What is Swing?

“Swing” is the music, and “swing dancing” is the family of dances that developed to the new musical style that began with the Harlem Renaissance in the 1920s. Taking elements of jazz, tap, the Breakaway, the Charleston and the new syncopated rhythms of the era, a new dance style emerged—Lindy Hop. One hundred years later, swing dancing with its many variations is still going strong.

“Shorty” George Snowden and Big Bea, 1937

“Shorty” George Snowden is widely credited with not only creating Lindy Hop, but also naming it. According to legend, during a 1928 dance marathon in New York City, a reporter saw Shorty George doing a “break away” step from his partner and asked Shorty what he dance he was doing. Inspired by newspaper headlines of Charles Lindbergh’s transatlantic flight (“Lindy Hops Atlantic”), Shorty responded that he was “doing the Lindy Hop!” Shorty appeared in “After Seben,” a 1929 film short hailed as the first visual recording of Lindy Hop. He formed and led the first professional Lindy Hop dance troupe, the Shorty Snowden Dancers. Unlike later Lindy Hop performance groups such Whitey’s Lindy Hoppers, the Shorty Snowden Dancers performed as individual couples, as if dancing in a contest or challenge dance. With his partner Big Bea, Shorty George was generally recognized as the best dancer at the Savoy Ballroom until he was unseated by Frankie Manning and Frieda Washington in a dance contest in 1935 in which Frankie introduced the first airstep in Lindy Hop.

Hellzapoppin, 1941

Savoy-style Lindy Hop team performance at its best! Choreographed by Frankie Manning (although he received no screen credit), the scene features Whitey’s Lindy Hoppers’ William Downes, Frances “Mickey” Jones, Norma Miller, Billy Ricker, Al Minns, Willa Mae Ricker, and Ann Johnson. Serving as inspiration to legions of todays swing dancers, this film clip is widely regarded as the best example of group swing choreography.

Swing Fever, 1944

As the music changed and the dance spread to mainstream America, Dean Collins developed a smoother, more linear style of Lindy that became popular in southern California. This clip featuring California Swing Dance Hall of Fame member Jean Veloz(nee Phelps) dancing with Don Gallager and Lenny Smith in “One Girl and Two Guys,” by Kay Kayser, sung by Marilyn Maxwell epitomizes that style. Notice that unlike the earlier clips, the follower has become the focus of attention..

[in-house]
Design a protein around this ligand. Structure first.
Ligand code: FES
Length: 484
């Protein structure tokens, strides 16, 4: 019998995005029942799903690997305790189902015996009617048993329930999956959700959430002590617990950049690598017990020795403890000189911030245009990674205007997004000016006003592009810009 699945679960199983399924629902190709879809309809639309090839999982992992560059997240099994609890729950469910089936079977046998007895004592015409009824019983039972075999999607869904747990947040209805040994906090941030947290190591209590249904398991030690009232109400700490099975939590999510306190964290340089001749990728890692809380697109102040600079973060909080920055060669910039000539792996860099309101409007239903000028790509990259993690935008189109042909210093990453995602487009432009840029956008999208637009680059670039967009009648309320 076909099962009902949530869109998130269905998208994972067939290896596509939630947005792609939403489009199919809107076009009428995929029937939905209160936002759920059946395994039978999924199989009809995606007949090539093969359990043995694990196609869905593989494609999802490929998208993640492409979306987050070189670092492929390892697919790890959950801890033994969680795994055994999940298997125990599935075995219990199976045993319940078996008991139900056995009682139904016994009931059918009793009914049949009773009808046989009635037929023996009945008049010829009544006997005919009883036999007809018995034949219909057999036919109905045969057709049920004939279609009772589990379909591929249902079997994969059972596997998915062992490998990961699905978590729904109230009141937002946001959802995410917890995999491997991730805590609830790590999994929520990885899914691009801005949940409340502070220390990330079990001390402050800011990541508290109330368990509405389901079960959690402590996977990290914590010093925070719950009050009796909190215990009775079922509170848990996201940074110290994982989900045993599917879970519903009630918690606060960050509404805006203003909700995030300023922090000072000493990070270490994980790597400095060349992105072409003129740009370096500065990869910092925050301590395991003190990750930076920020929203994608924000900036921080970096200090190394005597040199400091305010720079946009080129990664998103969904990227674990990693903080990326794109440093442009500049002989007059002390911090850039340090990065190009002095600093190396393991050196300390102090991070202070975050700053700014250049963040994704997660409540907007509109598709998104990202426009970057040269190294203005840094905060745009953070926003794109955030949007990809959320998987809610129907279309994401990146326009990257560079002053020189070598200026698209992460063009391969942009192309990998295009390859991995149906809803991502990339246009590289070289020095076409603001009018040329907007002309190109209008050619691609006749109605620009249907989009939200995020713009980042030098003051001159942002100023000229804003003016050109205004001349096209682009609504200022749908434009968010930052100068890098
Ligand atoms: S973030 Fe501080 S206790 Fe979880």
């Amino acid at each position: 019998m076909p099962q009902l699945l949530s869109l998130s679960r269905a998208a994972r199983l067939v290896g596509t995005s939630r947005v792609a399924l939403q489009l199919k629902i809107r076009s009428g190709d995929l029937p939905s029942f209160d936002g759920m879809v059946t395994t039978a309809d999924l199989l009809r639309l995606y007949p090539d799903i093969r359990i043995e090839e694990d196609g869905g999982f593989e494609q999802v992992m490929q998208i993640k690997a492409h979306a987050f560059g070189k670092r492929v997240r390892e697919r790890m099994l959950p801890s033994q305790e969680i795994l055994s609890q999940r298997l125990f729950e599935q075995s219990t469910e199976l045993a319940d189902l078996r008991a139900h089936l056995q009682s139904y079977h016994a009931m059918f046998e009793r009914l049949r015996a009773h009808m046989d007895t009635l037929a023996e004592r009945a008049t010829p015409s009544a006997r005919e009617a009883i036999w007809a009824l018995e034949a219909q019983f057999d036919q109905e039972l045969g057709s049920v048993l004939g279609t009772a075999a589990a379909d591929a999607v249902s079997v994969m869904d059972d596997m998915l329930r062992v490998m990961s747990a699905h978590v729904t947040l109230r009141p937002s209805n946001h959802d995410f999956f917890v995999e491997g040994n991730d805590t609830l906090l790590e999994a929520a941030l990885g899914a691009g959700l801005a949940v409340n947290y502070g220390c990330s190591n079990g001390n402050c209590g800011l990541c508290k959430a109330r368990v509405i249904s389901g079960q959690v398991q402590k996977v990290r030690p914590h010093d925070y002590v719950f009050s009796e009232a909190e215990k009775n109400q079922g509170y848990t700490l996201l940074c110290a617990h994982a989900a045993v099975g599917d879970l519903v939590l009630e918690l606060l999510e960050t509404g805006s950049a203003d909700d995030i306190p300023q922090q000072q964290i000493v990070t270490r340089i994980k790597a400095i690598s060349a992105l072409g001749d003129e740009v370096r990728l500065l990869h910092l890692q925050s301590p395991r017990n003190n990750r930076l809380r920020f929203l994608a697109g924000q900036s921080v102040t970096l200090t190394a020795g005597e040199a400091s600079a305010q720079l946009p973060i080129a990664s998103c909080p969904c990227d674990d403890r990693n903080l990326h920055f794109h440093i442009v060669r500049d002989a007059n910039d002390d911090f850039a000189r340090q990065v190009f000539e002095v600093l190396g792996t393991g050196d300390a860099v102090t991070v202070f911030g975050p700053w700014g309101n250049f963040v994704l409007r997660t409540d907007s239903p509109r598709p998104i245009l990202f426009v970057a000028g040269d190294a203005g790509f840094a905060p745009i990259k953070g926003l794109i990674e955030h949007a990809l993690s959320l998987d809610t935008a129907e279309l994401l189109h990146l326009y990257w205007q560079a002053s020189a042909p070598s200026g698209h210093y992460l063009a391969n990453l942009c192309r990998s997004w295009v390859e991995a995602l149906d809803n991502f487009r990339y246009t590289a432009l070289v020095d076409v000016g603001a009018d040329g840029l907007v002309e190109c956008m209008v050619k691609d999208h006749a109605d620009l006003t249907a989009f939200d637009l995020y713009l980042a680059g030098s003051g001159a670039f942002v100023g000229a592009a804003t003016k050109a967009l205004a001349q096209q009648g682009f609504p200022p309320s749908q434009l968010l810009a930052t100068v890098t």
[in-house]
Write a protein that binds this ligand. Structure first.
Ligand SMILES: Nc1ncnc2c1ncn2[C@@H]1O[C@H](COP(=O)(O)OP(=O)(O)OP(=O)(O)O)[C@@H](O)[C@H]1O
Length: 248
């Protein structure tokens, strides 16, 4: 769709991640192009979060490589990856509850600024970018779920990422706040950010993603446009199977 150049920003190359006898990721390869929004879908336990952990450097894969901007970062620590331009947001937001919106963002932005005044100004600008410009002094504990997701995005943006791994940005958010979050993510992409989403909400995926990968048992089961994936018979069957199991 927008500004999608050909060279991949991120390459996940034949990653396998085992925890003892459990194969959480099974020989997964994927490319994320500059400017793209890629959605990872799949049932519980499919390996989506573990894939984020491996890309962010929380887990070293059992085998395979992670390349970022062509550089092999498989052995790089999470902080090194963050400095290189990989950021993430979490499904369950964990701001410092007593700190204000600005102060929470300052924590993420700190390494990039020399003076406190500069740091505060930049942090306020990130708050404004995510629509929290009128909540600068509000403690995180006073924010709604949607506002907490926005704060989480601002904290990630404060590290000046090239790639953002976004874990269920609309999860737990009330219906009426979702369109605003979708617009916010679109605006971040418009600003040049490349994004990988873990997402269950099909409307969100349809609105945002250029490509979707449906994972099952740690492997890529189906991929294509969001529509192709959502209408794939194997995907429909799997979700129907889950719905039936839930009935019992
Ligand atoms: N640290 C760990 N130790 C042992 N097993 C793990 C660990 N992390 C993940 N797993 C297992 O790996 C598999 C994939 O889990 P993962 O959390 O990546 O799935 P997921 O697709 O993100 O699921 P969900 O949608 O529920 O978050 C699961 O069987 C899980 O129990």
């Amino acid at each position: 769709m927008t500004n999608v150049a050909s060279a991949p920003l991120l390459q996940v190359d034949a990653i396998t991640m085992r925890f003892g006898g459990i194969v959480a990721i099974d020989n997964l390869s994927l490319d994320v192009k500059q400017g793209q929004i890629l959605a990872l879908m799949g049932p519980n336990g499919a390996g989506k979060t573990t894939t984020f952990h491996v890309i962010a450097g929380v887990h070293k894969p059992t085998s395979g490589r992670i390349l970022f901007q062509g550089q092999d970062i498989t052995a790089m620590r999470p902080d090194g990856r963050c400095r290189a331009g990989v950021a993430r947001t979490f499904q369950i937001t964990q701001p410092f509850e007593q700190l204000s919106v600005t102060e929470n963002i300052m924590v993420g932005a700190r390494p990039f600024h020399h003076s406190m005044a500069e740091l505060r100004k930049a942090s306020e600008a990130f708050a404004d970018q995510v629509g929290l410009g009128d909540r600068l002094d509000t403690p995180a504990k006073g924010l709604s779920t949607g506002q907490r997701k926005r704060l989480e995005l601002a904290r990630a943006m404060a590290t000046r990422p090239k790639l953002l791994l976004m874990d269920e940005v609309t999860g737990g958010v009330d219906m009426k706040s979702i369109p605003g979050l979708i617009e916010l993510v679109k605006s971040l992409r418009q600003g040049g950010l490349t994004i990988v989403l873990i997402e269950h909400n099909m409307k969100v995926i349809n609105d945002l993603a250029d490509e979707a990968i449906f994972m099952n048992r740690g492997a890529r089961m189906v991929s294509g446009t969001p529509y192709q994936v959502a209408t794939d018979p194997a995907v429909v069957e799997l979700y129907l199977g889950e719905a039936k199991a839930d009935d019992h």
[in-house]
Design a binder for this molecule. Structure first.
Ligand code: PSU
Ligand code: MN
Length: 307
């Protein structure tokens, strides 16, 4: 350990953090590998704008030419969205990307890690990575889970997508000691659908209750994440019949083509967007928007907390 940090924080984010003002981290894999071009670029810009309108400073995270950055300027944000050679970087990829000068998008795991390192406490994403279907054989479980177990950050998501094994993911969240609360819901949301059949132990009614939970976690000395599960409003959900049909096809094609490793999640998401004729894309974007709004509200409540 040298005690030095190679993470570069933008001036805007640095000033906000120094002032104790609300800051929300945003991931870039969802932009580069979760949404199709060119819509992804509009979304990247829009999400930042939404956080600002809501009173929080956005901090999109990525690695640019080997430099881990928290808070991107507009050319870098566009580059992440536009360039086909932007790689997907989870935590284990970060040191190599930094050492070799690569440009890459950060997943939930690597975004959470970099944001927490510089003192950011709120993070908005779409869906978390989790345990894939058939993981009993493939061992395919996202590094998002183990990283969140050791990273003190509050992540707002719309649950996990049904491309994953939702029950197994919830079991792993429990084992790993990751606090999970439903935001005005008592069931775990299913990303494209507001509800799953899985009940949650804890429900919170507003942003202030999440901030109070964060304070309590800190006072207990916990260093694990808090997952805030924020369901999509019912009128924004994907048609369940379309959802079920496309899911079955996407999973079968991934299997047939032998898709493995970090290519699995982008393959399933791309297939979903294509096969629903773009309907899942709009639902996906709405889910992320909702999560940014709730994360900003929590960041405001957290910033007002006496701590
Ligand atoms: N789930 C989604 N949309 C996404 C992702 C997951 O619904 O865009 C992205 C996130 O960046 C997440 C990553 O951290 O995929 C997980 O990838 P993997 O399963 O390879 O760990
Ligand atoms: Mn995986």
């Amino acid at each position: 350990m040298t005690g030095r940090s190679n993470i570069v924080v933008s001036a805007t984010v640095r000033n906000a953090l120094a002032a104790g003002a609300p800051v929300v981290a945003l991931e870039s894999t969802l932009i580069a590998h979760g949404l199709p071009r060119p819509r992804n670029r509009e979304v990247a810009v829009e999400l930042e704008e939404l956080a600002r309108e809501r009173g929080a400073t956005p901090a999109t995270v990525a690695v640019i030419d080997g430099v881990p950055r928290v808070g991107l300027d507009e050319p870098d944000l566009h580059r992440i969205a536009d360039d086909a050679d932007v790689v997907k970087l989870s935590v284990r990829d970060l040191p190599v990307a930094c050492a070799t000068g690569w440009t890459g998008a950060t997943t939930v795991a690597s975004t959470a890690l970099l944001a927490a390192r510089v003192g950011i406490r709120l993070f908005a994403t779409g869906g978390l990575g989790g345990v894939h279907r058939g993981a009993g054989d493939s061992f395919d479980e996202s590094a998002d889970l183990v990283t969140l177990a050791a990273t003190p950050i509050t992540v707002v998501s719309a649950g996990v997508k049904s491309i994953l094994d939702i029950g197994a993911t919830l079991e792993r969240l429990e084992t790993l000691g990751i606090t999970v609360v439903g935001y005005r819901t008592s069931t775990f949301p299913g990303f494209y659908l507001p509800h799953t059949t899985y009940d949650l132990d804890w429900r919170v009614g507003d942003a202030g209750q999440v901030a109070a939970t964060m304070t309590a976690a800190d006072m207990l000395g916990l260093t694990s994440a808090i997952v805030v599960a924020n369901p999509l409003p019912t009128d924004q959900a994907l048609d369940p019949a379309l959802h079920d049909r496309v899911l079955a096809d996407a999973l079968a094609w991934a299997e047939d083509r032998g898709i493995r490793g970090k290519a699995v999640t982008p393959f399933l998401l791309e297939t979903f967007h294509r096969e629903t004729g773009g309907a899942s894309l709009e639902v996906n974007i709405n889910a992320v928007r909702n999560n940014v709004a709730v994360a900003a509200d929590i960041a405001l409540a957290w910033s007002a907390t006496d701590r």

Don’t Knock The Rock, 1956

As big band music faded and rock and roll became the popular music, a new generation of dancers entered the scene contributing their own styling to Lindy. This clip features Freda Angela Wyckoff, Gil and Nikki Brady, Joe Lanza and Jimmy and Jovada Ballard dancing to the song “Rip It Up” by Bill Haley and the Comets.

Nathalie Gomes and Yuval Hod, 2004

As the neo-swing resurgence brought new influences into the genre, Nathalie and Yuval integrated innovative and incredible aerials from the world of European Rock and Roll into their dancing. They partnered for many years and operated the Hop, Swing and a Jump studio in New York City. This clip shows the 2004 Swing World Champions performing at Glen Echo Park’s Spanish Ballroom.

Tom Koerner and Debra Sternberg, 2005

Although not in the same league as the foregoing dancers, we’ve included a clip of our style of dance that evolved before the swing revival of the late ’90s and the advent of the internet. Partners since 1987, Tom and Debra began teaching Jitterbug and Lindy Hop together in 1994. Their company, Gottaswing, now offers numerous locations throughout the greater Washington, DC metropolitan area. Gottaswing’s teachers reach over 4,000 students a year and are proud to offer one of the friendliest and most inclusive swing dance scenes in the nation.